Last week’s Supreme Court nomination hearings provided gripping political and human drama. Their impact will be tumultuous. It’s easy to forget that what we’re watching is an employment process; an application being considered, decision makers doing due diligence.  

Numerous workplace problems, of course, involve a (s)he says, (s)he says situations. One person alleges something was said/done, the other denies anything of the sort ever happened.  From an employment perspective the Senate decision makers have made a sensible procedural request: investigation.  The pause allows us to reflect on what everyday workplaces can learn from last week? 

Let’s not forget that the UK has its own high profile, sexual misconduct political drama.  How the Scottish government handled two separate allegations against former First Minister Alex Salmond hasn’t been on our screens in recent weeks, but will surely reappear.

1.  How polarised are today’s workplaces?

What seemed most remarkable about last week’s hearings was how much people’s tribal affiliations and experiences clearly affect whether they believe one party or the other.  Republican or Democrat, conservative or liberal, male or female, survivor of misconduct or someone unjustifiably accused, these seemed to be the critical factors. Is it the same in everyday workplaces?

It would be nice to think that most workplaces aren’t highly polarised and people making decisions have the parties’ and/or the firm’s best interests front of mind. Policies often help by providing for an independent investigator and decision maker, unknown to the parties, from a different department.   When either party is so well known, so popular or so senior that that’s not possible, you may need to invite an independent investigator.

Post #MeToo it feels as if decision makers need to be honest with themselves.  What’s their position? Is their decision making affected by a pro #MeToo sense that accusers should be supported and listened to or the converse sense that people being accused need protection, the PC pendulum having swung too far?      

2. Does it all come down simply to who you believe?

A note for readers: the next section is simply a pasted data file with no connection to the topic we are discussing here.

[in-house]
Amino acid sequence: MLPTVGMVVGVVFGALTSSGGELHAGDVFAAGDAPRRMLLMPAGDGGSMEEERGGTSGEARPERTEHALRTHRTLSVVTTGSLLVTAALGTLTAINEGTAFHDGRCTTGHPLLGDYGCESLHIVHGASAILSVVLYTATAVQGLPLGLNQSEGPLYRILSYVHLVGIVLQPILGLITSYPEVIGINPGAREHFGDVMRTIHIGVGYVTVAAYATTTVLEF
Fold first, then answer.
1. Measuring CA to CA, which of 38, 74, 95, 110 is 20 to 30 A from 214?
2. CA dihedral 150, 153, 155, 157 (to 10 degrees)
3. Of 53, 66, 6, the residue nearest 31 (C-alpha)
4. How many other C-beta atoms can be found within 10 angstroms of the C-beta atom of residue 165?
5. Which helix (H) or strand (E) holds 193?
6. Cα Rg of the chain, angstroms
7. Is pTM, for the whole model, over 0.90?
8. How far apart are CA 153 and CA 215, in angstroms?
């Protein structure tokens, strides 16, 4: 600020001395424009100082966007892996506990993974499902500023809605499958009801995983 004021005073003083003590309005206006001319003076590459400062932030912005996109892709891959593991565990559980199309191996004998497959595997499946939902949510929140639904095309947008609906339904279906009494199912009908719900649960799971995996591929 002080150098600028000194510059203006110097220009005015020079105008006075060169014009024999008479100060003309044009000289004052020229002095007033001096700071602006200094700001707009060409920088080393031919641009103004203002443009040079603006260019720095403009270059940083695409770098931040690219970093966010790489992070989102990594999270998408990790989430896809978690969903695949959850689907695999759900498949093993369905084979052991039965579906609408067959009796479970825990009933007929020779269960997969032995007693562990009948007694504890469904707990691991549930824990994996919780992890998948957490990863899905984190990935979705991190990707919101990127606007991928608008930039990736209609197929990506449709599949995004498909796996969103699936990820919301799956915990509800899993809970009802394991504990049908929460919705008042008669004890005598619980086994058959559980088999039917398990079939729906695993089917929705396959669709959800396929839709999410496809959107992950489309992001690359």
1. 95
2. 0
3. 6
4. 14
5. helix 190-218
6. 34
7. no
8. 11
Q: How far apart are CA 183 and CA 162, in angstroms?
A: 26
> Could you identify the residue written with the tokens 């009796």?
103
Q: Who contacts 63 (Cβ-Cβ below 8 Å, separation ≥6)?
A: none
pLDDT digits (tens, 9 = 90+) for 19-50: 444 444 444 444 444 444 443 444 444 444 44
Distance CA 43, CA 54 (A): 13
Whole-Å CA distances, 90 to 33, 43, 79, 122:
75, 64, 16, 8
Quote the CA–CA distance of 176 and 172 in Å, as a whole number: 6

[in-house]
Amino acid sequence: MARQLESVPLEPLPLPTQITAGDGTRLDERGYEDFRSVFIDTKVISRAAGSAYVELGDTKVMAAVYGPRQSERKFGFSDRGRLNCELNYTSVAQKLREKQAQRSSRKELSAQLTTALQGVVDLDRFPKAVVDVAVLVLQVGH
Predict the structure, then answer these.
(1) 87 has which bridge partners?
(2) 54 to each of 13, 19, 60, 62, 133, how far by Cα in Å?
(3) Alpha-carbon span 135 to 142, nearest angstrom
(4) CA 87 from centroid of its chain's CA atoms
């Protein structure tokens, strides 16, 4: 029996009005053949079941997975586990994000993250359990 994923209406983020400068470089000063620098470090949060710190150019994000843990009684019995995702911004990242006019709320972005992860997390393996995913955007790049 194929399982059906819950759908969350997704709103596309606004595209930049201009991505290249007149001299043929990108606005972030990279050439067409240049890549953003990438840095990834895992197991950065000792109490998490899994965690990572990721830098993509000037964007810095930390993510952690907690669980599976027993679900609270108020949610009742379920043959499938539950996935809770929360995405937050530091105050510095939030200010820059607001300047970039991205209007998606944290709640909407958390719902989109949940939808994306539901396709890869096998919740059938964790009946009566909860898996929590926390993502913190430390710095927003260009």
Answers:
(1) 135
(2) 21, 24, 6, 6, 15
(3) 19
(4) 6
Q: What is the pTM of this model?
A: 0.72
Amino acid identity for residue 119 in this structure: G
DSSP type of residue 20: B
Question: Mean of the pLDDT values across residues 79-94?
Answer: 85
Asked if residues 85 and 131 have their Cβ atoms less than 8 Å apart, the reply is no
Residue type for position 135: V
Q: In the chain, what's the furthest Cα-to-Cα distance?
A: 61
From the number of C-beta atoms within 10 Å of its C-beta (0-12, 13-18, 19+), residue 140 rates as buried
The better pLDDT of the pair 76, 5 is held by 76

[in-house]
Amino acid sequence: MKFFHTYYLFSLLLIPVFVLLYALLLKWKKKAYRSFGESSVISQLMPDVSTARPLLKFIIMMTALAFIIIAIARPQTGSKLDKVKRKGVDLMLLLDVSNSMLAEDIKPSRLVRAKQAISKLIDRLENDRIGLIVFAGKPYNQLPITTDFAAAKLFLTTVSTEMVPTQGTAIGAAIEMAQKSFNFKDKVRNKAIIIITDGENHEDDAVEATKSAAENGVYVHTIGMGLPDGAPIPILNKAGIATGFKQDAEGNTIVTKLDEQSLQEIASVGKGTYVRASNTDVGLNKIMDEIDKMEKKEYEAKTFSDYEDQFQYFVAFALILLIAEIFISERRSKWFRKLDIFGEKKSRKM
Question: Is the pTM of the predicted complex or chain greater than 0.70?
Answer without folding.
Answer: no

For years I’ve exhorted investigators (and decision makers) in (s)he says, (s)he says situations to do their job and actually  decide who they believe.  It’s too easy to make an anodyne finding that supports the status quo, because there’s no compelling evidence either way.  That remains my opinion.  However, last week’s events reinforce just how much what or who we believe can be influenced by our unconscious biases. 

Decision makers need to understand that as human beings we make decisions based very much on emotion, experience and gut rather than on fact.  It’s important for them to surface their own experiences and preferences and to be conscious of the things that may affect who they would like to believe.  They need, if possible, to look dispassionately at the credibility of each witness (whether they are believable) and for any factors that corroborate (support) any evidence they give.

I’d comment here too on the sort of character witness evidence parties often bring forward. How someone has conducted themselves over the course of a lifetime is actually of limited probative value, limited relevance to the question being asked.  Of course, it’s likely to make a decision maker more likely to want to find in someone’s favour and my point is that evidence of this sort should be seen in that light.

3. Does #MeToo necessarily mean that good men will lose their reputations simply because allegations of misconduct have been made?

In interviews last week I heard Kavanaugh supporters repeating this popular post #MeToo mantra.  The truth is that if the movement is going to have real impact, allegations of impropriety need to be taken more seriously and some people against whom there is only circumstantial evidence are going to be found to be at fault. That would be seen by #MeToo proponents as part of the rebalancing of the playing field.